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Pharmacol Ther. 1992;55(2):183-99.

The approach to understanding aromatic hydrocarbon carcinogenesis. The central role of radical cations in metabolic activation.

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Eppley Institute for Research in Cancer and Allied Diseases, University of Nebraska Medical Center, Omaha 68198-6805.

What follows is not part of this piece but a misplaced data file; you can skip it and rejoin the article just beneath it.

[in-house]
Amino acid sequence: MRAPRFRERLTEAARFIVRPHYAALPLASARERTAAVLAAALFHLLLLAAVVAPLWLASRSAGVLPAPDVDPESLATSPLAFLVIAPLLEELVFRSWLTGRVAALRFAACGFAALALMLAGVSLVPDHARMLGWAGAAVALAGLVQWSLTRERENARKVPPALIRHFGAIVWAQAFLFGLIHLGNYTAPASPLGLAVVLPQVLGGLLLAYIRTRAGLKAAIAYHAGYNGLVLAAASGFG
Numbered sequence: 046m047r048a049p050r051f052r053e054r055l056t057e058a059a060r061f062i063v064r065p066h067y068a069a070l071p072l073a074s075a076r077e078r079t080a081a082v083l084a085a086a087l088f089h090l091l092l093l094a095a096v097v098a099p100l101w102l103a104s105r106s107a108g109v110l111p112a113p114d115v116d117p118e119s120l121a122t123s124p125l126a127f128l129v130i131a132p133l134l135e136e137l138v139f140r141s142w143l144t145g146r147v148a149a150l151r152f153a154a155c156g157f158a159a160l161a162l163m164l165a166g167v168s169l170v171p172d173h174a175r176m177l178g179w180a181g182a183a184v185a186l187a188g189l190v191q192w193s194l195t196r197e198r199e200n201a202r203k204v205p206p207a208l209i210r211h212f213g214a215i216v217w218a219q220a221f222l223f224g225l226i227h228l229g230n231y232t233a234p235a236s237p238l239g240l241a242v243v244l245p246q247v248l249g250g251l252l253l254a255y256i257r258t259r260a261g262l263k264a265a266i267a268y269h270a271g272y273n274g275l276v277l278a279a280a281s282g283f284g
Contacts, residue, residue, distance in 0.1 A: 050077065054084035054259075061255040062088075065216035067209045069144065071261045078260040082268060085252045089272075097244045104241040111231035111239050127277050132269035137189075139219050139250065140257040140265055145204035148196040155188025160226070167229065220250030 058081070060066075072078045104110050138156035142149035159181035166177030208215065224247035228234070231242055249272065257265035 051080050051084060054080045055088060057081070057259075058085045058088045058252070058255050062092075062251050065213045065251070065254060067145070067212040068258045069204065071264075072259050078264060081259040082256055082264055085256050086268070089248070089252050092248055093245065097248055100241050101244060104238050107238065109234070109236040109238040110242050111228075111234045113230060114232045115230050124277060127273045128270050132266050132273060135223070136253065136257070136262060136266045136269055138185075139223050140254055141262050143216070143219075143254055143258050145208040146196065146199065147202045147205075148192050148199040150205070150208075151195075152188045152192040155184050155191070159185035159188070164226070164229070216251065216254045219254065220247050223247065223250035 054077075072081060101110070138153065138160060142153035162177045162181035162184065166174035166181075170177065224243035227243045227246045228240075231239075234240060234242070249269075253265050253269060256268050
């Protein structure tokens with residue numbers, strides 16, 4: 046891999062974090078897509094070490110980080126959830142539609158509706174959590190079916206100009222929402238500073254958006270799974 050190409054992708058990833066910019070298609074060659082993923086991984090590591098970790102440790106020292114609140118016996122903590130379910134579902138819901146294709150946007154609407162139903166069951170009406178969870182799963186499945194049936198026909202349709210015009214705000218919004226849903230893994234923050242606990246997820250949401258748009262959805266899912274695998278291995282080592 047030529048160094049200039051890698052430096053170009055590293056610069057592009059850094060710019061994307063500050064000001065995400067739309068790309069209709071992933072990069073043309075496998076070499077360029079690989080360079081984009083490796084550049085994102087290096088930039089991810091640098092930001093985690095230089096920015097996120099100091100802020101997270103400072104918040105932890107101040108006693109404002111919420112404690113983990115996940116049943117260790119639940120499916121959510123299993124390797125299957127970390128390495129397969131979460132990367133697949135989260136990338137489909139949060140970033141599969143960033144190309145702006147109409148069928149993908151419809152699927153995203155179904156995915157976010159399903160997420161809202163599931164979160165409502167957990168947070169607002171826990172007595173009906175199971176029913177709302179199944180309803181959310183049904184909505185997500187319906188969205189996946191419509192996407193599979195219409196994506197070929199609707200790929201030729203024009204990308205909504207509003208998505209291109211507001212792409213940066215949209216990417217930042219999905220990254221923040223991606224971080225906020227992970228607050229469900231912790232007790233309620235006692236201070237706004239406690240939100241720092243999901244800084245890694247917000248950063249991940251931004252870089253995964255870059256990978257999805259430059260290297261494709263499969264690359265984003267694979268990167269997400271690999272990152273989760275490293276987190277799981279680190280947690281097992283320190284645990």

Polycyclic aromatic hydrocarbons (PAH) are carcinogens requiring metabolic activation to react with cellular macromolecules, the initial event in carcinogenesis. Cytochrome P450 mediates binding of PAH to DNA by two pathways of activation. One-electron oxidation to form radical cations is the major pathway of activation for the most potent carcinogenic PAH, whereas monooxygenation to form bay-region diol epoxides is generally a minor pathway. For benzo[a]pyrene and 7,12-dimethylbenz[a]-anthracene, 80% and 99%, respectively, of the DNA adducts formed by rat liver microsomes or in mouse skin arise via the radical cation. Therefore, studies of PAH activation should begin by considering one-electron oxidation as the primary mechanism.

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